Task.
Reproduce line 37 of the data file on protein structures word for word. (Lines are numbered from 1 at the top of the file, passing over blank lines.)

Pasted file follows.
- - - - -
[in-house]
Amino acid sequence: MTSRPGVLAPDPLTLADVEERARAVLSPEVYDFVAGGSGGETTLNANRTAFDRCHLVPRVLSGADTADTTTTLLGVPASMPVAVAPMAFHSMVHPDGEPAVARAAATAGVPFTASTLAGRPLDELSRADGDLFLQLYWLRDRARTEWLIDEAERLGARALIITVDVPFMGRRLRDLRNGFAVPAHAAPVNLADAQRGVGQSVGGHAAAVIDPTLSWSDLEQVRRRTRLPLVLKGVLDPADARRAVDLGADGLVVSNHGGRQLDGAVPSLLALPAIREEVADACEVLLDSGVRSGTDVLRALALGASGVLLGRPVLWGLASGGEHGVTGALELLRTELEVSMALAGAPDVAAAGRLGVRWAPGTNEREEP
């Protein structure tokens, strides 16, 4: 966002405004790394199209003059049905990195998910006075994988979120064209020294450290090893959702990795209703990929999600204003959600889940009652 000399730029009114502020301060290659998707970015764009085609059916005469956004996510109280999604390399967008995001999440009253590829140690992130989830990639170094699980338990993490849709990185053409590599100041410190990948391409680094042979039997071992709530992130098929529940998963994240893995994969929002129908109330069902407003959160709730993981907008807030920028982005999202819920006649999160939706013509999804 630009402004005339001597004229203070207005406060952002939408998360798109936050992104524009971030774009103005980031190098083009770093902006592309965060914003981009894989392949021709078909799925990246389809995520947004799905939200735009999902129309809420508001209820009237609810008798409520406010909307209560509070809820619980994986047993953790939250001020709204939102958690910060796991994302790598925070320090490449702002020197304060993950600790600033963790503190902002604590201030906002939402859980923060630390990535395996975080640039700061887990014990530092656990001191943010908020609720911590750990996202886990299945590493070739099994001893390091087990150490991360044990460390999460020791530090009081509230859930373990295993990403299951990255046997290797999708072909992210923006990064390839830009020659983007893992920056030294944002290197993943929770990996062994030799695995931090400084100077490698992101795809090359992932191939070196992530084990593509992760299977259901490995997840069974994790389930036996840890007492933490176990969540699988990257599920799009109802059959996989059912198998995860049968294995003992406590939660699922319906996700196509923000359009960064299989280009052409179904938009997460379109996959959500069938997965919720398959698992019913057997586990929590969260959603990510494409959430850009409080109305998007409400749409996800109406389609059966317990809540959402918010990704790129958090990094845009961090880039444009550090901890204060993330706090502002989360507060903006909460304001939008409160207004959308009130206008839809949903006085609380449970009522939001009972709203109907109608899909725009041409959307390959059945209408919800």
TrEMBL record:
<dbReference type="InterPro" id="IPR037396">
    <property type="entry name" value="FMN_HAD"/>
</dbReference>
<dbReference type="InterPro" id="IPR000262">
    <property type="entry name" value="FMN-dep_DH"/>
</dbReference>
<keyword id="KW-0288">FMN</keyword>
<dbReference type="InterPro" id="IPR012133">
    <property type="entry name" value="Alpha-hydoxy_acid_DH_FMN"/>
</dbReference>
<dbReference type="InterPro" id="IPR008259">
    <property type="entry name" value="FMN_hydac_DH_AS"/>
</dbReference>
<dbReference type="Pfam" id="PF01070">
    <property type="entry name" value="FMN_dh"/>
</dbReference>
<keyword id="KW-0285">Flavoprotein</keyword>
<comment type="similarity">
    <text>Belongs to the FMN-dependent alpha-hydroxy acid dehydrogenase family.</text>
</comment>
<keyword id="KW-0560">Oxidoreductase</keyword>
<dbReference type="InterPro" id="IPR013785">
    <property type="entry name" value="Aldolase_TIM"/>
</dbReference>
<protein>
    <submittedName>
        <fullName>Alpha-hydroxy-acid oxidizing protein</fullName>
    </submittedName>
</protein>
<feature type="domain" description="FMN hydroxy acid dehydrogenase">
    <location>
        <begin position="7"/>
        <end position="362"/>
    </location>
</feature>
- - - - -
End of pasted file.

        <end position="362"/>